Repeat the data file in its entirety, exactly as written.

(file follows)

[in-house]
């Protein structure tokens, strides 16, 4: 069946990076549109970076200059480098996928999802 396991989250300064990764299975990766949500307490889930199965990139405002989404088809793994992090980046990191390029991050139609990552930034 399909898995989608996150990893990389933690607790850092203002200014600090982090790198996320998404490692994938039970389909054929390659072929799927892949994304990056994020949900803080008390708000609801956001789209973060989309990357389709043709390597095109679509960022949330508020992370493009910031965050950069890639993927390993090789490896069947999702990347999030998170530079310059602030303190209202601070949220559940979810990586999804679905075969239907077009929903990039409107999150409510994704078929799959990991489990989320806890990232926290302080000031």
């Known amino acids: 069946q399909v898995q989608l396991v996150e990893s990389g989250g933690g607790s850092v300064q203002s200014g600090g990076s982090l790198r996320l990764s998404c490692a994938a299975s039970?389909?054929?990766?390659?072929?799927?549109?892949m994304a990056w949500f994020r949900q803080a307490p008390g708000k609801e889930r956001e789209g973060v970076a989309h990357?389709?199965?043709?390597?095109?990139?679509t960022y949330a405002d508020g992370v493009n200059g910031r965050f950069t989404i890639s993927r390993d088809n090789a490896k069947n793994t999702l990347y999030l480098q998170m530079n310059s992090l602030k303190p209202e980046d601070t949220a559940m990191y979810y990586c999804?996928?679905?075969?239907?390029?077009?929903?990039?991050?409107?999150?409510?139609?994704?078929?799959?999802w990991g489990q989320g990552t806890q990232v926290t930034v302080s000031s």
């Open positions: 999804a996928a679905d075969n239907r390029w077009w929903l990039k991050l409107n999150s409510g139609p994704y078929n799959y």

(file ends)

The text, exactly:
[in-house]
């Protein structure tokens, strides 16, 4: 069946990076549109970076200059480098996928999802 396991989250300064990764299975990766949500307490889930199965990139405002989404088809793994992090980046990191390029991050139609990552930034 399909898995989608996150990893990389933690607790850092203002200014600090982090790198996320998404490692994938039970389909054929390659072929799927892949994304990056994020949900803080008390708000609801956001789209973060989309990357389709043709390597095109679509960022949330508020992370493009910031965050950069890639993927390993090789490896069947999702990347999030998170530079310059602030303190209202601070949220559940979810990586999804679905075969239907077009929903990039409107999150409510994704078929799959990991489990989320806890990232926290302080000031």
């Known amino acids: 069946q399909v898995q989608l396991v996150e990893s990389g989250g933690g607790s850092v300064q203002s200014g600090g990076s982090l790198r996320l990764s998404c490692a994938a299975s039970?389909?054929?990766?390659?072929?799927?549109?892949m994304a990056w949500f994020r949900q803080a307490p008390g708000k609801e889930r956001e789209g973060v970076a989309h990357?389709?199965?043709?390597?095109?990139?679509t960022y949330a405002d508020g992370v493009n200059g910031r965050f950069t989404i890639s993927r390993d088809n090789a490896k069947n793994t999702l990347y999030l480098q998170m530079n310059s992090l602030k303190p209202e980046d601070t949220a559940m990191y979810y990586c999804?996928?679905?075969?239907?390029?077009?929903?990039?991050?409107?999150?409510?139609?994704?078929?799959?999802w990991g489990q989320g990552t806890q990232v926290t930034v302080s000031s």
């Open positions: 999804a996928a679905d075969n239907r390029w077009w929903l990039k991050l409107n999150s409510g139609p994704y078929n799959y």